haplogroup distribution (Rosser et al. 2000). The Baltic populations are characterised by the high incidence of the Y-chromosomal haplogroup N3 (47% among Lithuanians, 32% among Latvians) (Rosser et al. 2000; Zerjal et al. 2001). Its distribution pattern in Slavic populations indicates that Proto-Slavs did not carry this lineage at a substantial frequency, since it is relatively rare among Slavs and at high frequency was observed only in some Russian subpopulations (Malyarchuk et al. 2004).
we estimated haplogroup N3 frequencies in the three Belarusian subpopulations. The results suggest that the uniqueness of the northern Belarusian population is most likely due to the high incidence of Y chromosomes from the haplogroup N3 (18.9%), which has half the frequency in central and southern Belarus (8.8 and 8.1%, respectively). Therefore, although the early ethnogenesis of the Belarusian nation has customarily been linked to the gradual Slavicisation of the homogeneous Baltic substrate on the territory of present-day Belarus (Sedov 1970), only northern Belarus seems to be a transient area for the Baltic and Slavic settlement.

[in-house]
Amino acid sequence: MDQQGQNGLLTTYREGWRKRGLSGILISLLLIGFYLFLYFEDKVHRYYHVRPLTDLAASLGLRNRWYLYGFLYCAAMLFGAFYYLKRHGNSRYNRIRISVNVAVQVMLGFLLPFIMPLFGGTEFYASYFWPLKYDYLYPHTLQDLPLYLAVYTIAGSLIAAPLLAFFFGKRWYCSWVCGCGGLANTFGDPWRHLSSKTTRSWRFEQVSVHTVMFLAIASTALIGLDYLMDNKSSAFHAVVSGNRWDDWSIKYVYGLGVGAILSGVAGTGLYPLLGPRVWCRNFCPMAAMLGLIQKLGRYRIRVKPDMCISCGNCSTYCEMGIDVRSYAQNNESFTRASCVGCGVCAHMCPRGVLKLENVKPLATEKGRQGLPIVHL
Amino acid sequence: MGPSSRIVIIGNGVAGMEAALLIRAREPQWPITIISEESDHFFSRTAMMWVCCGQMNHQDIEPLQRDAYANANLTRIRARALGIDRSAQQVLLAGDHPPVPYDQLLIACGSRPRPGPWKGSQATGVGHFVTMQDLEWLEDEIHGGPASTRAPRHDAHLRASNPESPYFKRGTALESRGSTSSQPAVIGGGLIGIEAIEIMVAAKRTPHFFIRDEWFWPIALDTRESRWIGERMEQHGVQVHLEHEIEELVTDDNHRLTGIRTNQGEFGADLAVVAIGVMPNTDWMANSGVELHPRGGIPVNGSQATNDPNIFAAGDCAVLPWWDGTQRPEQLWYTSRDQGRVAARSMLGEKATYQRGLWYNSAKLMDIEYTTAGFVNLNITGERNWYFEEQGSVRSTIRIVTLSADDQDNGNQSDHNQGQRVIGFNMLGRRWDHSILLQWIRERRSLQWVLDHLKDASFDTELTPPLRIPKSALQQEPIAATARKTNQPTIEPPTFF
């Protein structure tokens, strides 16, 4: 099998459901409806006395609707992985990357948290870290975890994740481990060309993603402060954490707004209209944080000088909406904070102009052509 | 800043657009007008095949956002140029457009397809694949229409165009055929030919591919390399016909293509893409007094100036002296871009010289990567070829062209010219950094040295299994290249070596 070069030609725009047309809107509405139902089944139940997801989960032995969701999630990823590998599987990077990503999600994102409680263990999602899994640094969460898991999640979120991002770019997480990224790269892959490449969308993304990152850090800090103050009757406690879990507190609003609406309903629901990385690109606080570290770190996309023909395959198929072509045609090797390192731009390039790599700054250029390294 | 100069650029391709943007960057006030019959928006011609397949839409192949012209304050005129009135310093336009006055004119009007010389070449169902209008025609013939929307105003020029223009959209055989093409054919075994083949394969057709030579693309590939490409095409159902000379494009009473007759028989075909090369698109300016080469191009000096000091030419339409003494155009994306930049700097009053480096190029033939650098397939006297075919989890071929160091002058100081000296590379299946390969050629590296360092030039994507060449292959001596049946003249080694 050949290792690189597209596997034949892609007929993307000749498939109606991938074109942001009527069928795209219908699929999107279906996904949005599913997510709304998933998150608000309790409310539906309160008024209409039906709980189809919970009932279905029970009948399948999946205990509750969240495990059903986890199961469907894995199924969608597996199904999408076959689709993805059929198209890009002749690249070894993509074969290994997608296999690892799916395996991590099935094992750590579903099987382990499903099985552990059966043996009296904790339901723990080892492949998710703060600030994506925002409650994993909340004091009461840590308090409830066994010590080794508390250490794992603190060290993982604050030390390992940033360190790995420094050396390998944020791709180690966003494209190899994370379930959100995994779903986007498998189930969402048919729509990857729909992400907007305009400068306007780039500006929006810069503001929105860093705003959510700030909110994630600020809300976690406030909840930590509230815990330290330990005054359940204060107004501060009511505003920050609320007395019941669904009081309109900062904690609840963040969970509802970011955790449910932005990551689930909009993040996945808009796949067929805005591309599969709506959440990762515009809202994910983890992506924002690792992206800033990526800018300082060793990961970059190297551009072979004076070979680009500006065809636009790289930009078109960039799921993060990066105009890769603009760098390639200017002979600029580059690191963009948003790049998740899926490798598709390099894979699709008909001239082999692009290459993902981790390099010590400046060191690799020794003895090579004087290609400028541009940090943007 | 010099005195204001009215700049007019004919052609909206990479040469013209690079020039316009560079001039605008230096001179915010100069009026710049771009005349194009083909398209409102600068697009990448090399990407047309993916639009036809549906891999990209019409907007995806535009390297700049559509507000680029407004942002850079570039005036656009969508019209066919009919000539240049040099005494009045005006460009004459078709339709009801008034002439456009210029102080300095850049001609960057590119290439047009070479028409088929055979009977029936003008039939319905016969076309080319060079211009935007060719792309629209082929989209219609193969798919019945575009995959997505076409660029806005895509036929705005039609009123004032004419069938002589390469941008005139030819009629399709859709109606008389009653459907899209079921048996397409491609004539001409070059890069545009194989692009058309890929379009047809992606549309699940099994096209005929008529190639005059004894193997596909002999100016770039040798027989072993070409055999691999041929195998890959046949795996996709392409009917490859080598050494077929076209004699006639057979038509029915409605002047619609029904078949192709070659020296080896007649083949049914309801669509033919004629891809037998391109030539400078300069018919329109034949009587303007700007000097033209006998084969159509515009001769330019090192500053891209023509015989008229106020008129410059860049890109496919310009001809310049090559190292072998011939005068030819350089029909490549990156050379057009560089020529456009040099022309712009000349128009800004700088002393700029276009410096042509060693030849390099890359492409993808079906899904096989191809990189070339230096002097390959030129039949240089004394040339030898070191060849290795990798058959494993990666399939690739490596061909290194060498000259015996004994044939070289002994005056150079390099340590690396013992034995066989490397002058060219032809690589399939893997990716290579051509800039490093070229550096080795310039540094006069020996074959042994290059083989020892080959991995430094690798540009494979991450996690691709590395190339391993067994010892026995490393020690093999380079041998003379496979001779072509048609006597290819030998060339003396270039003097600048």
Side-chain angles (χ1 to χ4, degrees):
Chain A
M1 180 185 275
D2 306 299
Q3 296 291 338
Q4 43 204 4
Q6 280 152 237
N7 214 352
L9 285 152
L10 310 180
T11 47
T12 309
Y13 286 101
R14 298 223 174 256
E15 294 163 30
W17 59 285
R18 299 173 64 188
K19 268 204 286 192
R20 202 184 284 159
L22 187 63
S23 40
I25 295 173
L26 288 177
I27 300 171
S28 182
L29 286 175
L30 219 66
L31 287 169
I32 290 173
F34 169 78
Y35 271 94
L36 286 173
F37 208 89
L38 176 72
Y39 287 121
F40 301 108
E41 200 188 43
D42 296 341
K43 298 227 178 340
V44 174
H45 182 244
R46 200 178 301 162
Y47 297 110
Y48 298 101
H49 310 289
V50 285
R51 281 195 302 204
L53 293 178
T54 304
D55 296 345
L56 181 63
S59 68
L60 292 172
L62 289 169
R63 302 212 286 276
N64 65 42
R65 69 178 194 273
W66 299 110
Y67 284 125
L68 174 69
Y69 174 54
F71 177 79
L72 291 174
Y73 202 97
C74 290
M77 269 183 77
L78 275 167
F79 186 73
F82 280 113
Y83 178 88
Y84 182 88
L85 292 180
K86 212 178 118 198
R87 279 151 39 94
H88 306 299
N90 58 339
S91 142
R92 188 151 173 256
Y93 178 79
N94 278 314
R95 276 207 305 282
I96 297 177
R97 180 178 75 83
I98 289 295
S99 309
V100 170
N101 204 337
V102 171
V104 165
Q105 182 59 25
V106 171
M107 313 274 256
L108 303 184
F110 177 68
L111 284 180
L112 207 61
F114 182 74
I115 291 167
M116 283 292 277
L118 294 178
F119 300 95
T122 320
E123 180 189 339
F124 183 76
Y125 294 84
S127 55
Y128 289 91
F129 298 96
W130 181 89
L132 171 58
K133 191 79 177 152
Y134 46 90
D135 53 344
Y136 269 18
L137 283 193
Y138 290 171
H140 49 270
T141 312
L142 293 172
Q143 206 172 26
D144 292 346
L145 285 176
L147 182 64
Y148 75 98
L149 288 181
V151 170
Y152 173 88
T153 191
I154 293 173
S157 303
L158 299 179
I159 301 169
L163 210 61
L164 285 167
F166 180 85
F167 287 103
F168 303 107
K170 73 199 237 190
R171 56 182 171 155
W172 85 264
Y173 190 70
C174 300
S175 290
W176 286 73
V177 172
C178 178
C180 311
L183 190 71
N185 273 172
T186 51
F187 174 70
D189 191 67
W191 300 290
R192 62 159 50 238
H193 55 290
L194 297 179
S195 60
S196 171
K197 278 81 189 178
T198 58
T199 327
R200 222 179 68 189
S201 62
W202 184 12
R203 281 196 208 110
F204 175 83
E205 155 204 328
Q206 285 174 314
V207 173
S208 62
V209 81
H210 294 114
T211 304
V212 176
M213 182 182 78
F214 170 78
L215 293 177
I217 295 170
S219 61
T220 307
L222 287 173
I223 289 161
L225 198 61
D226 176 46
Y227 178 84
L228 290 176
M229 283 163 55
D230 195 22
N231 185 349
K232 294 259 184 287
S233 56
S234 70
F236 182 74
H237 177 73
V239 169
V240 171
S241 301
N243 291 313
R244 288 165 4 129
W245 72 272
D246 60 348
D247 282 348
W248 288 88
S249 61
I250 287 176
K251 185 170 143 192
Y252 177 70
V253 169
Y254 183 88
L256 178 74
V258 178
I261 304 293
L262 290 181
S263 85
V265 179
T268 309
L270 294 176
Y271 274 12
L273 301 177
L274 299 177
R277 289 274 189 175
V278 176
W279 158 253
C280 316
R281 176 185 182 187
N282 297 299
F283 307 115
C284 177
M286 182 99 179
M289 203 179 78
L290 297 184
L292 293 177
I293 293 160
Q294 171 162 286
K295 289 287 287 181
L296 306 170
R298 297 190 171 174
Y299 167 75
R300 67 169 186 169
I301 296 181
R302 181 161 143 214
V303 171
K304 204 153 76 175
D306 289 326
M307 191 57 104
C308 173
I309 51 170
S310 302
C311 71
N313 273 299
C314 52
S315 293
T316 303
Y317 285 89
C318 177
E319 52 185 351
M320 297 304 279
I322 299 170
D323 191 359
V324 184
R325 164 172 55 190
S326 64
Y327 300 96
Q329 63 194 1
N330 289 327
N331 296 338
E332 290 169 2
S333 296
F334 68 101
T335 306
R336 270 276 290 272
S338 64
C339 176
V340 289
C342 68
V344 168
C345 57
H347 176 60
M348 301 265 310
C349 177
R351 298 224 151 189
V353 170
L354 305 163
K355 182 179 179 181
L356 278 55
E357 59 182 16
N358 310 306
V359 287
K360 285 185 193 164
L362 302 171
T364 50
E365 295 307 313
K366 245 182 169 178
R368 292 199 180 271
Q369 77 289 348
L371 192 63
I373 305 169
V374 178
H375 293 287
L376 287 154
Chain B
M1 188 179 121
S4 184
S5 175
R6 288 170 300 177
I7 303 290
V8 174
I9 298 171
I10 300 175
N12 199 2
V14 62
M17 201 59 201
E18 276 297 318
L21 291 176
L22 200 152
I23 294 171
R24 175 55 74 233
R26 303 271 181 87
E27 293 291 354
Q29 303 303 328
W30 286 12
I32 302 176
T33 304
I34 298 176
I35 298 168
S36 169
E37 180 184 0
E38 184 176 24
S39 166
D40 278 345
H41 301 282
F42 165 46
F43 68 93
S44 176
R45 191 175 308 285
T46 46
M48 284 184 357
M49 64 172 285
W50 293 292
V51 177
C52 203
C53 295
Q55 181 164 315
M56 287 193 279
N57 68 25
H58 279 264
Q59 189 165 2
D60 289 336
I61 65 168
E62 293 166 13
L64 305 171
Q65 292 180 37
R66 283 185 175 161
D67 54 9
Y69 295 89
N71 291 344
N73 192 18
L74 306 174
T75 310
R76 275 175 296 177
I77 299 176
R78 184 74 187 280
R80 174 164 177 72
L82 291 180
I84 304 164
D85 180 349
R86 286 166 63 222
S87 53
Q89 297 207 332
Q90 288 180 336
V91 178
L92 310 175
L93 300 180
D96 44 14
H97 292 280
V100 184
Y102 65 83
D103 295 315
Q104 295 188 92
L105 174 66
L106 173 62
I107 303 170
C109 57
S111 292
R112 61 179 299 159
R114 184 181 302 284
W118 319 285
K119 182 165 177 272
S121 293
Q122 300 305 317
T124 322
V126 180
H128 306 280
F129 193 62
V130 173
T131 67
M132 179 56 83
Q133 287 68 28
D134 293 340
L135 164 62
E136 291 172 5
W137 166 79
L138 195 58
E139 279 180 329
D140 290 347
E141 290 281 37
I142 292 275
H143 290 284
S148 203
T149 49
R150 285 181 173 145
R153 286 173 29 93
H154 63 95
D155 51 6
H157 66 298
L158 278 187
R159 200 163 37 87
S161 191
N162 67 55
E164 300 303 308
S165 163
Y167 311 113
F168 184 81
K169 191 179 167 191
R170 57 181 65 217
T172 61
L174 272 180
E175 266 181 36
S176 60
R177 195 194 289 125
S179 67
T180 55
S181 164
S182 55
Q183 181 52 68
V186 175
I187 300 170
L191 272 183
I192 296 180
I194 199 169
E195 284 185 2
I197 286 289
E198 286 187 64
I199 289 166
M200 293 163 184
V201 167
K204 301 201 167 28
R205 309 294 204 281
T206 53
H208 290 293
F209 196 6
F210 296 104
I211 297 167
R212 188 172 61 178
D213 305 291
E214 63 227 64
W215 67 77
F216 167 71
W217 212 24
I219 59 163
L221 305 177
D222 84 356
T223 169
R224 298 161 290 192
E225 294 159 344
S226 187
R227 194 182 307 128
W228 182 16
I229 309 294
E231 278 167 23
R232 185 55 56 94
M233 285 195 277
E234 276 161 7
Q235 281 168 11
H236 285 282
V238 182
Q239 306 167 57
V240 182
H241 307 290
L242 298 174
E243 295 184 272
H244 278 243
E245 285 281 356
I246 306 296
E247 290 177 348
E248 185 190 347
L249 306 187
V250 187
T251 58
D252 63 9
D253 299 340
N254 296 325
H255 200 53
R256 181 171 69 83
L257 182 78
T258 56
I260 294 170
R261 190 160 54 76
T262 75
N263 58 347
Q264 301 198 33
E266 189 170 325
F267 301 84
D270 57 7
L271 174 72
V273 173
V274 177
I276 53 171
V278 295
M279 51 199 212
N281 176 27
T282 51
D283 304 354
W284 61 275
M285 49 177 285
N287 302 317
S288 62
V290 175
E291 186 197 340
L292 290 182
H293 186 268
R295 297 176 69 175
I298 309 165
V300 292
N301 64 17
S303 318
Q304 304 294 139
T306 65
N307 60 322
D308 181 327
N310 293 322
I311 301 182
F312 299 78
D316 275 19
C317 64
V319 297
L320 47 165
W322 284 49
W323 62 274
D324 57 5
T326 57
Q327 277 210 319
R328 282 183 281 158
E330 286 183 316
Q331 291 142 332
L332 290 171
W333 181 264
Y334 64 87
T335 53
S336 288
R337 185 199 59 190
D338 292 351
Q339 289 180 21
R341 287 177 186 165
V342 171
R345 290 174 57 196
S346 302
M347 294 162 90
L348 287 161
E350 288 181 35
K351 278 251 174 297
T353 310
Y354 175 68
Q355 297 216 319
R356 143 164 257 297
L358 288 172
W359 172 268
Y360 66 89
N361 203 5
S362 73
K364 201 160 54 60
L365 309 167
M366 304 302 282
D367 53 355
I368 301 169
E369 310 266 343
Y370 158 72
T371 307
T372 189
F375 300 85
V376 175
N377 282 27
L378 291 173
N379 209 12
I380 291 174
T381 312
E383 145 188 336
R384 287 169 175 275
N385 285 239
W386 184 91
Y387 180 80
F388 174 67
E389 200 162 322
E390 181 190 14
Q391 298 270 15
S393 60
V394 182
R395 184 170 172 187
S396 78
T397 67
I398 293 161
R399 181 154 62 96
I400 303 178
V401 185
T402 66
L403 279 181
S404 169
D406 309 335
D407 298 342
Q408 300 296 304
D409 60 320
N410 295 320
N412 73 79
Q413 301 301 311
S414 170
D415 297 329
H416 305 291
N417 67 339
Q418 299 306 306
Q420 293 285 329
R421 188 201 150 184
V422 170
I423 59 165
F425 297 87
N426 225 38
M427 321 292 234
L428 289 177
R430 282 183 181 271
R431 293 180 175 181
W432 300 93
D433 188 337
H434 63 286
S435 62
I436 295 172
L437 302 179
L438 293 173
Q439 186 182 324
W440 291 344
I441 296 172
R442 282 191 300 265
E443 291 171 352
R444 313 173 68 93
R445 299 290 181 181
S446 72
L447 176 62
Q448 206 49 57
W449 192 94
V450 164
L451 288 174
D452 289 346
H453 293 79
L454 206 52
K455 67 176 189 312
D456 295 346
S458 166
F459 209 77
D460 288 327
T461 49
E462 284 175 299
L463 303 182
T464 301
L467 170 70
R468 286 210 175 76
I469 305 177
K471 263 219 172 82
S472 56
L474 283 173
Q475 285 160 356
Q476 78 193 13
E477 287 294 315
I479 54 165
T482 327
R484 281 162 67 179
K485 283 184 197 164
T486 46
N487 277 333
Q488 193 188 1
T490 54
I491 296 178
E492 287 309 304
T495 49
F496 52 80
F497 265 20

Because Slavs unequivocally enter the records of history as late as the sixth century AD, when their expansion in Eastern Europe was already advanced, different theories concerning the Slavs’ geographic origin based on archaeological, anthropological and/or linguistic data have been formulated. Two such theories have gained the largest support among the scientists (Schenker 1995), one placing the cradle of Slavs in the watershed of the Vistula and Oder rivers (present-day Poland), and the other locating it in the watershed of the middle Dnieper (present-day Ukraine). Our results indicate that using the population-of-origin approach based on the AMOVA, as many as nine (P > 0.05) or ten (P > 0.01) populations can be traced back to the lands of present-day Ukraine, including Eastern-Slavic Russians and Belarusians, Western-Slavic Poles and Slovaks, and Southern-Slavic Slovenes and Croats.